President Obama today launched an aggressive, targeted effort aimed at engaging African-American supporters for his 2012 campaign.
"I don't think there's a better time than African-American history month to consider the tremendous progress we've made through the sacrifices of so many, or a better time to recommit to the challenges we face right now," Obama says in a video to supporters posted on his campaign's blog.
Continuing economic woes disproportionately plaguing the African-American community have caused some frustration and dampened enthusiasm among voters, raising questions about whether turn out by blacks in November will be as robust as it was four years ago.
The unemployment rate among African-Americans was 15.8 percent in December, with no net change the entire year, according to the Labor Department. Meanwhile, only 7.5 percent of whites are unemployed.
Still, the new "African-Americans for Obama" website touts the president's record of fighting "to restore economic security that has been eroding for American families for a decade."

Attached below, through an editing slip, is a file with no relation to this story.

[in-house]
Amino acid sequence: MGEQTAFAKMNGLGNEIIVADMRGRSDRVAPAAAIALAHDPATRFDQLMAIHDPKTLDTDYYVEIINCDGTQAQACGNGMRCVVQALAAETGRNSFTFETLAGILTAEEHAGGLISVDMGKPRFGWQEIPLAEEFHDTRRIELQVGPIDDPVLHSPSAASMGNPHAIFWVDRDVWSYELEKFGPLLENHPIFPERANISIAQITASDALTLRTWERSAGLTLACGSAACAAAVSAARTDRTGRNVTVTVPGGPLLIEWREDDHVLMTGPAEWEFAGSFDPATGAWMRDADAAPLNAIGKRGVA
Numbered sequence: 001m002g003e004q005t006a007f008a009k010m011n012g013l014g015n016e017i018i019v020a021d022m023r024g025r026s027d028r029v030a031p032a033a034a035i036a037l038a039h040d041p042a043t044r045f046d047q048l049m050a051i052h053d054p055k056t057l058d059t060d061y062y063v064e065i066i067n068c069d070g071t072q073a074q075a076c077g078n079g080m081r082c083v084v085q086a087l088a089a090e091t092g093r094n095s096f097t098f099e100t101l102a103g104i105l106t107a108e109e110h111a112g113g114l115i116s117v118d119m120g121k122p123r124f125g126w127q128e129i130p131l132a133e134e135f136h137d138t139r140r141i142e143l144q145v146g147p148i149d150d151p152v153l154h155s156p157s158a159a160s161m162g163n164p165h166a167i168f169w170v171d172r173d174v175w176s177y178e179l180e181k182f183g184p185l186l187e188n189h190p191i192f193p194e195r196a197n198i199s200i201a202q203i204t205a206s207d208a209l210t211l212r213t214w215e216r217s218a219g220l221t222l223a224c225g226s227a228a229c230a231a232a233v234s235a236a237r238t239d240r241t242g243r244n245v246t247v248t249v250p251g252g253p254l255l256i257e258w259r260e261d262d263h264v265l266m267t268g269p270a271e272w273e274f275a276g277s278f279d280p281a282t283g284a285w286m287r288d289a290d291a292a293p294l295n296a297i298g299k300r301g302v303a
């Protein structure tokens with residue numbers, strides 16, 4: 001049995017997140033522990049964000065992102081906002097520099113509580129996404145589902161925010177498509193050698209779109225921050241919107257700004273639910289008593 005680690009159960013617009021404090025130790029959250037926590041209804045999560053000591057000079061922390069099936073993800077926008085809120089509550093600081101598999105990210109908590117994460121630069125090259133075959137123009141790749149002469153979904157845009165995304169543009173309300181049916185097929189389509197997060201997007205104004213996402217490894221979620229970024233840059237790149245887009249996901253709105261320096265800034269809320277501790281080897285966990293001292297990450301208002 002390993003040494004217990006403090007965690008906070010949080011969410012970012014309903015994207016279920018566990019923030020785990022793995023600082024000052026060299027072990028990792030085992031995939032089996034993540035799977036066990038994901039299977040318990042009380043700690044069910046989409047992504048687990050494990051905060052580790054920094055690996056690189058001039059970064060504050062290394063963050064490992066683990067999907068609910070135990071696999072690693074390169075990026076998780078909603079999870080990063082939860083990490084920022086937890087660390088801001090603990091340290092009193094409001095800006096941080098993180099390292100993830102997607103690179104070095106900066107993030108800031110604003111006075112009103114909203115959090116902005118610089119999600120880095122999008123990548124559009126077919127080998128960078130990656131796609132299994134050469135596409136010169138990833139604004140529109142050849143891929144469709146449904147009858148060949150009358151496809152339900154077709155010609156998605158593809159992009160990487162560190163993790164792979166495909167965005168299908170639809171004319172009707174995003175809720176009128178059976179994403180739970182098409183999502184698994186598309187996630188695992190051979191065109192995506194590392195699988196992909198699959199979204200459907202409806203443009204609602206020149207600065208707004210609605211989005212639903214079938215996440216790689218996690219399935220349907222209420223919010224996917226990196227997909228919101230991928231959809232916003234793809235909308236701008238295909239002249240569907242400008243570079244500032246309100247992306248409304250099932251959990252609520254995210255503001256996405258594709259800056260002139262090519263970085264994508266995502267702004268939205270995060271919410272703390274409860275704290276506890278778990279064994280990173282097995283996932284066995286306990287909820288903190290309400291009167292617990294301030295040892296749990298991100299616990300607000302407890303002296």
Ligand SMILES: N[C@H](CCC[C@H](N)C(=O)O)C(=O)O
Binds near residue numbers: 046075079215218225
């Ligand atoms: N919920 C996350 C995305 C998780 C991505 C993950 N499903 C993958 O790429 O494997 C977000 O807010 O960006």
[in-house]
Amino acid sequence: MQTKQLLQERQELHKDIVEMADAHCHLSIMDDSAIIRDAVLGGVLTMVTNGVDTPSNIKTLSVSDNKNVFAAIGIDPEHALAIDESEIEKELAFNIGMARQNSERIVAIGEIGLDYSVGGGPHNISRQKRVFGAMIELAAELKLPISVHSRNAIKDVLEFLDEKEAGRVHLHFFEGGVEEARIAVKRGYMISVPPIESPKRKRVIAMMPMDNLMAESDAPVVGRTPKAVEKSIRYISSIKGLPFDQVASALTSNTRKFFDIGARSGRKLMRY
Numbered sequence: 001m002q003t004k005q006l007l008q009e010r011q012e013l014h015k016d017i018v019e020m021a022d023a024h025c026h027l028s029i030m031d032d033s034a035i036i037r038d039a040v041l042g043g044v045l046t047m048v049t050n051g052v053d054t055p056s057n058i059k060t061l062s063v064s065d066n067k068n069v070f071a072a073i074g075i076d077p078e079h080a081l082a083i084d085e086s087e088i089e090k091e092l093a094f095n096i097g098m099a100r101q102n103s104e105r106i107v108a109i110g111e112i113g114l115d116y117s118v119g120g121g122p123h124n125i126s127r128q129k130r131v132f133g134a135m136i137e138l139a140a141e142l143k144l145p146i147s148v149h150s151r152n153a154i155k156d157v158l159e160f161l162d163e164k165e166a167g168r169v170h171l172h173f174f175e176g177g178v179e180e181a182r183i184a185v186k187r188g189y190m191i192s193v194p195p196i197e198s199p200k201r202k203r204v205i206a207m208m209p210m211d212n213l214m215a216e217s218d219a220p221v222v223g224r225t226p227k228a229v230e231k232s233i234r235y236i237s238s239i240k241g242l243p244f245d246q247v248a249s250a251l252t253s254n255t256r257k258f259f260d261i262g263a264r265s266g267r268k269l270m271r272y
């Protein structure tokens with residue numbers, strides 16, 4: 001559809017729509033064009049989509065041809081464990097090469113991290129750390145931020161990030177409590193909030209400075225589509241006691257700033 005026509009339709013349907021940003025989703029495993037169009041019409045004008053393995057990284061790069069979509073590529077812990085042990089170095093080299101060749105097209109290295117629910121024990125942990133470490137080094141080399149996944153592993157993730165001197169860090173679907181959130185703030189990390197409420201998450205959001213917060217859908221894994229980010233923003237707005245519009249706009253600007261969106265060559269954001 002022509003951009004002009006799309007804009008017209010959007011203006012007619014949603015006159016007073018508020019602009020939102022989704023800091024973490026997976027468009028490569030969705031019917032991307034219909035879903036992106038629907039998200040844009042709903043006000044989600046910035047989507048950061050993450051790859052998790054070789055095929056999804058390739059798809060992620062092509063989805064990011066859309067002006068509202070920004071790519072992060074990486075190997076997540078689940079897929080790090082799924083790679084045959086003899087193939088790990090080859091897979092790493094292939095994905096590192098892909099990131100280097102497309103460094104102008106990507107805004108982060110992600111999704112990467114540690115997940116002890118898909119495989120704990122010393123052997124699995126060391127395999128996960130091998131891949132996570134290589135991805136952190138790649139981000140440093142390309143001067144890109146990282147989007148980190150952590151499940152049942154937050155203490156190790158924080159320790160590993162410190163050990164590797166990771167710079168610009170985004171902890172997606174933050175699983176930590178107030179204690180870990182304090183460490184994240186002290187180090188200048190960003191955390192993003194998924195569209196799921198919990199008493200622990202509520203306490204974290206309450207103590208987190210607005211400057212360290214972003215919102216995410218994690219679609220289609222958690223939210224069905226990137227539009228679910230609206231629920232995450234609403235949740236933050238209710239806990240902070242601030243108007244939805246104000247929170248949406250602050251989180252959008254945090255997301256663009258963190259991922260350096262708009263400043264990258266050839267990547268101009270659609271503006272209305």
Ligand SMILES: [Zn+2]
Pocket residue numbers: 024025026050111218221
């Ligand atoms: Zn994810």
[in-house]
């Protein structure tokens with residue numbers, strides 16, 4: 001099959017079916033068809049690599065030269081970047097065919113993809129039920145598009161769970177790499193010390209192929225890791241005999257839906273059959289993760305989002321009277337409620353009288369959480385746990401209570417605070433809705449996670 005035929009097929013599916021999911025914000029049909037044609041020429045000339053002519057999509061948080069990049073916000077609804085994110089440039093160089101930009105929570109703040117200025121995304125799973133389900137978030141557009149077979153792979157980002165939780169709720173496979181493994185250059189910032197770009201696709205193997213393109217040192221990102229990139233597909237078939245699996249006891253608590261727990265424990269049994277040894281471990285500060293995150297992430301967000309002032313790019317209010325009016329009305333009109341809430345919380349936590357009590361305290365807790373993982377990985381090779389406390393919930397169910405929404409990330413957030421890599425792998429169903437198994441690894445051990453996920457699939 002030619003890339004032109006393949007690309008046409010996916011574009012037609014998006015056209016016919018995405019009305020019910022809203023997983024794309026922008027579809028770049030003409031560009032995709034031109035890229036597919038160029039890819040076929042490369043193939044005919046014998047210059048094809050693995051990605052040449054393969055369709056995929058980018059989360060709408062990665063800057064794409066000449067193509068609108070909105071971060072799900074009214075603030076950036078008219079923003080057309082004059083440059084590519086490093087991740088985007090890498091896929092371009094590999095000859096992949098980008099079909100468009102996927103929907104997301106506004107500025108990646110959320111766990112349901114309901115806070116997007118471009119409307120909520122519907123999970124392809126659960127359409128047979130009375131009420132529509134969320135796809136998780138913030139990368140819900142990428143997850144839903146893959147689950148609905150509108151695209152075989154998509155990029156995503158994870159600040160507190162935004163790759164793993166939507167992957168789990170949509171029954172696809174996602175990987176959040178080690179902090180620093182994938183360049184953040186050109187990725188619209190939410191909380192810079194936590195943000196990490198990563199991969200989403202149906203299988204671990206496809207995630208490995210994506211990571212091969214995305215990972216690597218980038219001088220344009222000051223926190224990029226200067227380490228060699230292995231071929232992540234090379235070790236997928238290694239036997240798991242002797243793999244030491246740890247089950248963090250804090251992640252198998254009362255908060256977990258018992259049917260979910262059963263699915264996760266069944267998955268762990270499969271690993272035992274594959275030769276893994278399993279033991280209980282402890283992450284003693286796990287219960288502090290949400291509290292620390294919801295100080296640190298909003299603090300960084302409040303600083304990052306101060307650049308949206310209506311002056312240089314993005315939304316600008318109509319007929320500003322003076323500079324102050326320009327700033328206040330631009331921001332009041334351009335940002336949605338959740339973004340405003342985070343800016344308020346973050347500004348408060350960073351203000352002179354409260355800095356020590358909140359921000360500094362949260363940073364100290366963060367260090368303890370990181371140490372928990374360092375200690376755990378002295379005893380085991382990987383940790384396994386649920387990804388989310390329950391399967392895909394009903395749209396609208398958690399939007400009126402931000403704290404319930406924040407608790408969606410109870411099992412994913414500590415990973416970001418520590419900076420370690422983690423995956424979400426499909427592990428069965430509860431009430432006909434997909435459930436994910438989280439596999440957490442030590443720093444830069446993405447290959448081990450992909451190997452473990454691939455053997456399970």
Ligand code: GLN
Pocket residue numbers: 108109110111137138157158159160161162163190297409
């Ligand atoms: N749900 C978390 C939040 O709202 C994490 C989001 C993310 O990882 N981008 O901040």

A fact sheet outlines new contracts and financing initiatives aimed at helping minority-owned small businesses, and Recovery Act spending that "kept 1.4 million African Americans out of poverty" and provided tax credits to help 2.2 million African-American families.
The most recent ABC News-Washington Post poll found Obama's approval rating among blacks stands at 91 percent, higher than any other surveyed demographic category. He won 96 percent of the black vote in 2008.
"This campaign is powered by folks at every level taking ownership where it matters most: around the kitchen table, barber shops and beauty salons, in your faith community, at work, or at school," Obama said in an appeal for support. "And, of course, in the voting booth this Election Day. We are greater together than we can ever be alone."
The campaign will focus its African-American volunteer recruitment, voter registration and turnout efforts on four areas: churches; barber shops and beauty salons; historically black colleges and university campuses; and African-American civic organizations, according to plans outlined on the website.